1. Cardiovascular disease
2. preterm low birth weight infants
Diabetes in an UNCONTROLLED diabetic, the gingiva may be....? (3) What can also occur? (2)
1. deep red
3. prone to repeated abscess formation;
1. extensive, rapid periodontal destruction
2. delayed wound healing
What is a diagnostic sign in an undiagnosed diabetic?
tendency to repeated periodontal abscess formation
Diabetics that are adequately controlled may be managed...?
as normal patients
Precautions to take with diabetic patients?
1. do not jeopardize controlled ptn by excessive trauma or lenghty procedures
2. surgery performed as atraumatically as possible and 2-3 hours AFTER meal or insulin administration
3. consult with attending physician prior to perio therapy
In Addison's disease, patients suffer from?
What has been reported to occur in Addison's disease? (3)
1. pigmentation of skin in 98%
2. pigmentation of mucous membranes in 82%
3. greater incidence of periodontal disease
In Addison's disease, what can trigger an adrenal crisis? What is essential for perio treatment?
infection, trauma (including surgery), and stress; close consultation with ptn's physician
What endocrine imbalance conditions are intrinsic factors? (3)
2. Addison's disease
3. Sex hormones: puberty gingivitis, pregnancy gingivitis, menstrual cycle, monopausal gingivostomatitis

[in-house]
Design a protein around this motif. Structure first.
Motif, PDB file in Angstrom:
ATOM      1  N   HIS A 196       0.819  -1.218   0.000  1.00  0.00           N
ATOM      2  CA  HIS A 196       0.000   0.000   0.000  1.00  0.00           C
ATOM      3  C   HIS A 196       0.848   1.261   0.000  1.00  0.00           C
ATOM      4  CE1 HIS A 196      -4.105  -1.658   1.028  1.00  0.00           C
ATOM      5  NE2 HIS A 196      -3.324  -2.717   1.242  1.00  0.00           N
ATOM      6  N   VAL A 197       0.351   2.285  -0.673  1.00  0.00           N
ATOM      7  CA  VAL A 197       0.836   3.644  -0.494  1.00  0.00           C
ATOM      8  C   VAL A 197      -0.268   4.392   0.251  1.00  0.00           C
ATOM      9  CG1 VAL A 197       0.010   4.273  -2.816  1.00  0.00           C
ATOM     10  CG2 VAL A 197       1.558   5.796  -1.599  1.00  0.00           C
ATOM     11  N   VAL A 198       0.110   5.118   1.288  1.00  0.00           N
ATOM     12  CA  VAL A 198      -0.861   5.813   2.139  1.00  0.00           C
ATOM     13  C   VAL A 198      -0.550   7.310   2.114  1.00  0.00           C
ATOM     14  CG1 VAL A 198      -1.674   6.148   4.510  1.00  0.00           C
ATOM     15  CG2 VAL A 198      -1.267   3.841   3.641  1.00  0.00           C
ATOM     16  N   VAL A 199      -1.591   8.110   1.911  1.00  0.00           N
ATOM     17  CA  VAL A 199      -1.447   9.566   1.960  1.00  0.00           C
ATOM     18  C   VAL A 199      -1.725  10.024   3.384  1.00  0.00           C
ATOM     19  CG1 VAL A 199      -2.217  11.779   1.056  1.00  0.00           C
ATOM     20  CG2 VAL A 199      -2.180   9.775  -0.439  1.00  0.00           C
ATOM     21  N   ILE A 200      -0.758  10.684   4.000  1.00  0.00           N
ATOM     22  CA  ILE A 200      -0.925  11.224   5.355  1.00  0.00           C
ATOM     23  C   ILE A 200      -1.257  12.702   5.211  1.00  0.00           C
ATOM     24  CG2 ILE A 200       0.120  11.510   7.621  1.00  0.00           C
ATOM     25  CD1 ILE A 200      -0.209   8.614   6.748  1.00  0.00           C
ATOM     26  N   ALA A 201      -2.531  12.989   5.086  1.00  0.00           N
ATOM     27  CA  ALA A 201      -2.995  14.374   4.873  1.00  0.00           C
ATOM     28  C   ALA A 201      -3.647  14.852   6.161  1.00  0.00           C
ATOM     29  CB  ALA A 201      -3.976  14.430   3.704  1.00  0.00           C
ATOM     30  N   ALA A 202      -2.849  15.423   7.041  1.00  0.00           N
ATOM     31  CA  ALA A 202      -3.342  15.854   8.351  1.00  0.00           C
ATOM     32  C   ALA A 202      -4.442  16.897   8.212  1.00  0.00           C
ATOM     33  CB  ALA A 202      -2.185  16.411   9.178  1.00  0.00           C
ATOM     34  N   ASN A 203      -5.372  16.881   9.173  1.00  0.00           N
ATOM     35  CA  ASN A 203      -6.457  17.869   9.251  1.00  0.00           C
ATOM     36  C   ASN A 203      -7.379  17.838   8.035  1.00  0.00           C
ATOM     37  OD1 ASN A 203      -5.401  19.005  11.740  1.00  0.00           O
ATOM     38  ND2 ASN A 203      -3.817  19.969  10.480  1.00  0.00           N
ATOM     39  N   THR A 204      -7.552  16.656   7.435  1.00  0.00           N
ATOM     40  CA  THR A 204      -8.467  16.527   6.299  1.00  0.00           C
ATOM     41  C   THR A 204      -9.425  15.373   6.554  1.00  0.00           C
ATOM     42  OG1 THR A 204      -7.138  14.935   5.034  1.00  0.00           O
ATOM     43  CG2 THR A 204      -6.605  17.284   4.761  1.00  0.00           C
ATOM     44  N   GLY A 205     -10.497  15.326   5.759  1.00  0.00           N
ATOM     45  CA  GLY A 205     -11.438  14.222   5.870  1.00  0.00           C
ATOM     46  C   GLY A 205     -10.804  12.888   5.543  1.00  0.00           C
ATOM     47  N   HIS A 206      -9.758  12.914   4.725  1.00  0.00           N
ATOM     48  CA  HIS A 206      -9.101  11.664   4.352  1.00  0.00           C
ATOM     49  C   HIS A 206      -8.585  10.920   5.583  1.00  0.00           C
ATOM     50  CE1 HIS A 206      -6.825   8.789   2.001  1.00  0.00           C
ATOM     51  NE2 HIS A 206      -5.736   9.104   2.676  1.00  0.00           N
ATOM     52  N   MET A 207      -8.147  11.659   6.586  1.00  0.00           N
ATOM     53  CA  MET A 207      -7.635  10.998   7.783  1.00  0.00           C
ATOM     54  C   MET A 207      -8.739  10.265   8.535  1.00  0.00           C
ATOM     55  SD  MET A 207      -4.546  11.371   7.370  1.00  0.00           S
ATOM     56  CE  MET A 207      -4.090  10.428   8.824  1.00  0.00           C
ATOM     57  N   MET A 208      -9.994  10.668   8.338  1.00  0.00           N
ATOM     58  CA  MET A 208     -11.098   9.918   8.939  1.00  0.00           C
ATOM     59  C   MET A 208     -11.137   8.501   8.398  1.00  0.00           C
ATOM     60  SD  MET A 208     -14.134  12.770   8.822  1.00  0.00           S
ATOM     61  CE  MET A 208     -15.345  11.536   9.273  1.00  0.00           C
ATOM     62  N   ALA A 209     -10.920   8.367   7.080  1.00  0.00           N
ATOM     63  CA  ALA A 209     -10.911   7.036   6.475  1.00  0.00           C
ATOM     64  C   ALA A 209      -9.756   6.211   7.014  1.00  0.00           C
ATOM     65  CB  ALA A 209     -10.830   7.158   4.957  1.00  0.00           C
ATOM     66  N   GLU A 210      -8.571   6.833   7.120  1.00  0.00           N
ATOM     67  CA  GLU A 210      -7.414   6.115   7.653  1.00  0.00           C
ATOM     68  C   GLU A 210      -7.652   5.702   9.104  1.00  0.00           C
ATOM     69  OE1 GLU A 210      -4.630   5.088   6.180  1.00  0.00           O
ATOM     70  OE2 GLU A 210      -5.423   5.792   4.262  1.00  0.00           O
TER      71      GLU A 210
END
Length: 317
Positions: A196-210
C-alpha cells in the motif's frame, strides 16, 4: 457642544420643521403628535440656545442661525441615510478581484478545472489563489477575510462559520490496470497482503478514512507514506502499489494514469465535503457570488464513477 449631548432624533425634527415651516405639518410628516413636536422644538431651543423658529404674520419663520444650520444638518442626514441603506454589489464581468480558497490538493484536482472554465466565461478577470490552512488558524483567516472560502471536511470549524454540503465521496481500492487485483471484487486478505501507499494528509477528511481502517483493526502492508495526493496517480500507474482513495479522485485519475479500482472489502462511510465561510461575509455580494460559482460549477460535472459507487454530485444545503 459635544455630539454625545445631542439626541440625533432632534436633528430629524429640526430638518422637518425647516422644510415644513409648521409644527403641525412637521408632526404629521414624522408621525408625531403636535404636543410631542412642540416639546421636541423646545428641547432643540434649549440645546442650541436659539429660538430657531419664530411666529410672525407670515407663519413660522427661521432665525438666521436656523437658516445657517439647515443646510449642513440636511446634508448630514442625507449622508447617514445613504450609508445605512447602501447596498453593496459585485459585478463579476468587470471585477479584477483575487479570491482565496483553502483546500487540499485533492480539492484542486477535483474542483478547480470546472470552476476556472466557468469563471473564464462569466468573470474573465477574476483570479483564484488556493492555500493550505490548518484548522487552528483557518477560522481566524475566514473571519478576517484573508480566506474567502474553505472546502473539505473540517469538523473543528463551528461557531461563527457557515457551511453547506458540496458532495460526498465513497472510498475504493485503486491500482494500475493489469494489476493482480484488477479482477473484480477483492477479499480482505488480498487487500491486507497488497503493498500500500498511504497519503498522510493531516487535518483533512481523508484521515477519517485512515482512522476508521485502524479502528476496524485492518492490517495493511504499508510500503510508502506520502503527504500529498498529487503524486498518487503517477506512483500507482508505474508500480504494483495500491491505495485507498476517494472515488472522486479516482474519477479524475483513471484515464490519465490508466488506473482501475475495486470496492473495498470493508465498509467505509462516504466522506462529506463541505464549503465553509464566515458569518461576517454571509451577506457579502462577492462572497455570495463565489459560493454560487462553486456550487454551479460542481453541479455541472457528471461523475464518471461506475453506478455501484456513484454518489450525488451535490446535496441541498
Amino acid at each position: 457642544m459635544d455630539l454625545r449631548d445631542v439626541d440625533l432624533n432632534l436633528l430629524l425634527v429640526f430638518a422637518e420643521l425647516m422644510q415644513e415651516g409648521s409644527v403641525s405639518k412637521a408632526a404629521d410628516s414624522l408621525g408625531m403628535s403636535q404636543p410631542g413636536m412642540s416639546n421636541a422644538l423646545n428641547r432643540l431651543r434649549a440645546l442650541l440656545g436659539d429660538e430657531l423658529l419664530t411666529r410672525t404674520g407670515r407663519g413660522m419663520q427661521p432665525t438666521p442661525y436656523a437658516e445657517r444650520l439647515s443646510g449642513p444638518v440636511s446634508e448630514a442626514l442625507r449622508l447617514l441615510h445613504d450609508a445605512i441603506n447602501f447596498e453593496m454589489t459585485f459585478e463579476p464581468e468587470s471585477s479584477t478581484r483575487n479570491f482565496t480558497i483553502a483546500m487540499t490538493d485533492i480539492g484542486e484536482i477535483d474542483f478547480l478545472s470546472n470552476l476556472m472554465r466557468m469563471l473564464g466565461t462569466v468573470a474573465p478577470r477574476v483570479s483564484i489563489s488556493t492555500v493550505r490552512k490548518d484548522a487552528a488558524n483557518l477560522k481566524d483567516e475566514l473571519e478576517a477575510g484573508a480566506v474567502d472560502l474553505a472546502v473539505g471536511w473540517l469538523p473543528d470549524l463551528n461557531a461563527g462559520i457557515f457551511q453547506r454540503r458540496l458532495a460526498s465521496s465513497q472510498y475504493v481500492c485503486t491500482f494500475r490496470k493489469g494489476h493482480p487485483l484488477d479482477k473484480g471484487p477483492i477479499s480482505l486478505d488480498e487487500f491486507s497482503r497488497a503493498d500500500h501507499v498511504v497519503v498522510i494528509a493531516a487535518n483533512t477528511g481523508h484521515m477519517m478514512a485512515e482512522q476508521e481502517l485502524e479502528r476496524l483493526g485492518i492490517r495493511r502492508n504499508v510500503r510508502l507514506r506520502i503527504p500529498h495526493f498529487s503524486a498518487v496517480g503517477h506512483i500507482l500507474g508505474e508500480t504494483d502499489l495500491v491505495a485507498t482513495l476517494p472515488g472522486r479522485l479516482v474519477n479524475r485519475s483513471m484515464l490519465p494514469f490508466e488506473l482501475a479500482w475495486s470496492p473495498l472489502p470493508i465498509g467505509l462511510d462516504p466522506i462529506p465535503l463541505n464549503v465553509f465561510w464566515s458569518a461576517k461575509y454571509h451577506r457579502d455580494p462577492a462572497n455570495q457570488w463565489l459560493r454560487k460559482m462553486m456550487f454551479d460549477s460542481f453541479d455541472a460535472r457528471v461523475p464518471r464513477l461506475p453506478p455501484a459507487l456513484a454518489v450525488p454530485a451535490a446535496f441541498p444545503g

Sex hormones are considered _____ or ______ factors
initiating or complicating
What is puberty gingivitis?
an exaggerated response of gingiva to local irritation
Puberty gingivitis is most common in?
Occurrence and prevention of puberty gingivitis.
is NOT a universal occurrence during puberty; can be prevented with proper plaque control
What is pregnancy gingivitis? What is the tissue response mediated by?
changes during pregnancy varying from mild gingivitis to so-called pregnancy tumors; effects of progesterone on the microvasculature of inflamed CT
what are pregnancy tumors?
are localized, inflamed, hyperplastic lesions that arise in areas of irritation
Similar phenomena like pregnancy gingivitis/pregnancy tumors is seen in?
use of oral contraceptives
What is the prevention and treatment for pregnancy gingivitis? What is treatment for pregnancy tumors?
with good oral hygiene -> minimal perio changes during pregnancy; gingival changes diminish postpartum with good oral hygiene; pregnancy tumors will not completely resolve and will require surgical intervention
What is the general rule of gingival changes during menstrual cycle?
they may occur, however gen rule is that cycle is not accompanied by notable gingival changes
What is menopausal gingivostomatitis?
a RARE condition that occurs during the menopause or postmenopausal period
What are the signs and symptoms of menopausal gingivostomatitis? (4)
1. tissues are dry and shiny
2. ptns complain of burning sensation throughout oral cavity
3. extreme sensitivity to thermal changes
4. abnormal taste sensations
The signs and symptoms of menopausal gingiviostomatis is similar to?
What is desquamative gingivitis characterized by? This gingival condition is prob a ____ ____/____rather than a _______, this is because...?
by desquamation or sloughing of gingival epithelium leaving an intensely red surface; clinical syndrom/sign rather an a disease; the sloughing is due to vesiculation